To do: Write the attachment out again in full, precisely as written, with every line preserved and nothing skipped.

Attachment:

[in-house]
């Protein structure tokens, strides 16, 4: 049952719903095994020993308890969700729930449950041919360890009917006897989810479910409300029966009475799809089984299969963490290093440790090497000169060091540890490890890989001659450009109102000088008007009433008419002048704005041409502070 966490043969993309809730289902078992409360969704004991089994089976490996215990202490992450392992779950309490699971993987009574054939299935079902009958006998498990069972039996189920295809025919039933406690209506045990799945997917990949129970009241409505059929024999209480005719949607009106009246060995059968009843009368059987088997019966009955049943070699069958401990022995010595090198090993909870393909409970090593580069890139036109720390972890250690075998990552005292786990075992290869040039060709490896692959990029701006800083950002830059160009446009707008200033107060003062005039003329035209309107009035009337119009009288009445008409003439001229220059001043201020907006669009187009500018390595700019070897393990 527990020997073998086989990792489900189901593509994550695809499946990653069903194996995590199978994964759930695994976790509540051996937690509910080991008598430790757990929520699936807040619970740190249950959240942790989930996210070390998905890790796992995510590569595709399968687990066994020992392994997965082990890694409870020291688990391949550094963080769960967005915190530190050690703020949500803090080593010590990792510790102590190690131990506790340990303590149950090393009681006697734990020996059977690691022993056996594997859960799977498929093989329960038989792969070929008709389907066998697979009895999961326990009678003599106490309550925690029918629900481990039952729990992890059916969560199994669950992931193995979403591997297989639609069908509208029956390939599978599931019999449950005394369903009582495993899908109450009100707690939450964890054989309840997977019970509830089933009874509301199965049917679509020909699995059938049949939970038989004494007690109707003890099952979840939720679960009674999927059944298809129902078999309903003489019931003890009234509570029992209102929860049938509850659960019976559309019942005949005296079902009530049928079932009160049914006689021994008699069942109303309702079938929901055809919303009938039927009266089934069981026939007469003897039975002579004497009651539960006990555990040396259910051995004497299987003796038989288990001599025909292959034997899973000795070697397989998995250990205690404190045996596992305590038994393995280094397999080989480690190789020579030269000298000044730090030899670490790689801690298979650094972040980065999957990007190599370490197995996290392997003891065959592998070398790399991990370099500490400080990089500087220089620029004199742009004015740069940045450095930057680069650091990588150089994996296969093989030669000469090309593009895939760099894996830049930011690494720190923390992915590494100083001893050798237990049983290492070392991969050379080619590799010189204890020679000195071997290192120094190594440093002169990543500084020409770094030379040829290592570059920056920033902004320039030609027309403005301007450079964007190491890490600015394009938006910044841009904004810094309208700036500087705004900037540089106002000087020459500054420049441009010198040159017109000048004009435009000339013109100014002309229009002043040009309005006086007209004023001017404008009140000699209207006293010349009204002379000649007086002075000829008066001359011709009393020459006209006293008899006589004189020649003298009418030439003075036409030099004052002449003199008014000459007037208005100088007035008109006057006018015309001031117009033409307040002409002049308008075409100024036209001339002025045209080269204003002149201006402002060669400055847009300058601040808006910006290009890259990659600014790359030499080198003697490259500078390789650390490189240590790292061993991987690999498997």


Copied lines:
[in-house]
């Protein structure tokens, strides 16, 4: 049952719903095994020993308890969700729930449950041919360890009917006897989810479910409300029966009475799809089984299969963490290093440790090497000169060091540890490890890989001659450009109102000088008007009433008419002048704005041409502070 966490043969993309809730289902078992409360969704004991089994089976490996215990202490992450392992779950309490699971993987009574054939299935079902009958006998498990069972039996189920295809025919039933406690209506045990799945997917990949129970009241409505059929024999209480005719949607009106009246060995059968009843009368059987088997019966009955049943070699069958401990022995010595090198090993909870393909409970090593580069890139036109720390972890250690075998990552005292786990075992290869040039060709490896692959990029701006800083950002830059160009446009707008200033107060003062005039003329035209309107009035009337119009009288009445008409003439001229220059001043201020907006669009187009500018390595700019070897393990 527990020997073998086989990792489900189901593509994550695809499946990653069903194996995590199978994964759930695994976790509540051996937690509910080991008598430790757990929520699936807040619970740190249950959240942790989930996210070390998905890790796992995510590569595709399968687990066994020992392994997965082990890694409870020291688990391949550094963080769960967005915190530190050690703020949500803090080593010590990792510790102590190690131990506790340990303590149950090393009681006697734990020996059977690691022993056996594997859960799977498929093989329960038989792969070929008709389907066998697979009895999961326990009678003599106490309550925690029918629900481990039952729990992890059916969560199994669950992931193995979403591997297989639609069908509208029956390939599978599931019999449950005394369903009582495993899908109450009100707690939450964890054989309840997977019970509830089933009874509301199965049917679509020909699995059938049949939970038989004494007690109707003890099952979840939720679960009674999927059944298809129902078999309903003489019931003890009234509570029992209102929860049938509850659960019976559309019942005949005296079902009530049928079932009160049914006689021994008699069942109303309702079938929901055809919303009938039927009266089934069981026939007469003897039975002579004497009651539960006990555990040396259910051995004497299987003796038989288990001599025909292959034997899973000795070697397989998995250990205690404190045996596992305590038994393995280094397999080989480690190789020579030269000298000044730090030899670490790689801690298979650094972040980065999957990007190599370490197995996290392997003891065959592998070398790399991990370099500490400080990089500087220089620029004199742009004015740069940045450095930057680069650091990588150089994996296969093989030669000469090309593009895939760099894996830049930011690494720190923390992915590494100083001893050798237990049983290492070392991969050379080619590799010189204890020679000195071997290192120094190594440093002169990543500084020409770094030379040829290592570059920056920033902004320039030609027309403005301007450079964007190491890490600015394009938006910044841009904004810094309208700036500087705004900037540089106002000087020459500054420049441009010198040159017109000048004009435009000339013109100014002309229009002043040009309005006086007209004023001017404008009140000699209207006293010349009204002379000649007086002075000829008066001359011709009393020459006209006293008899006589004189020649003298009418030439003075036409030099004052002449003199008014000459007037208005100088007035008109006057006018015309001031117009033409307040002409002049308008075409100024036209001339002025045209080269204003002149201006402002060669400055847009300058601040808006910006290009890259990659600014790359030499080198003697490259500078390789650390490189240590790292061993991987690999498997």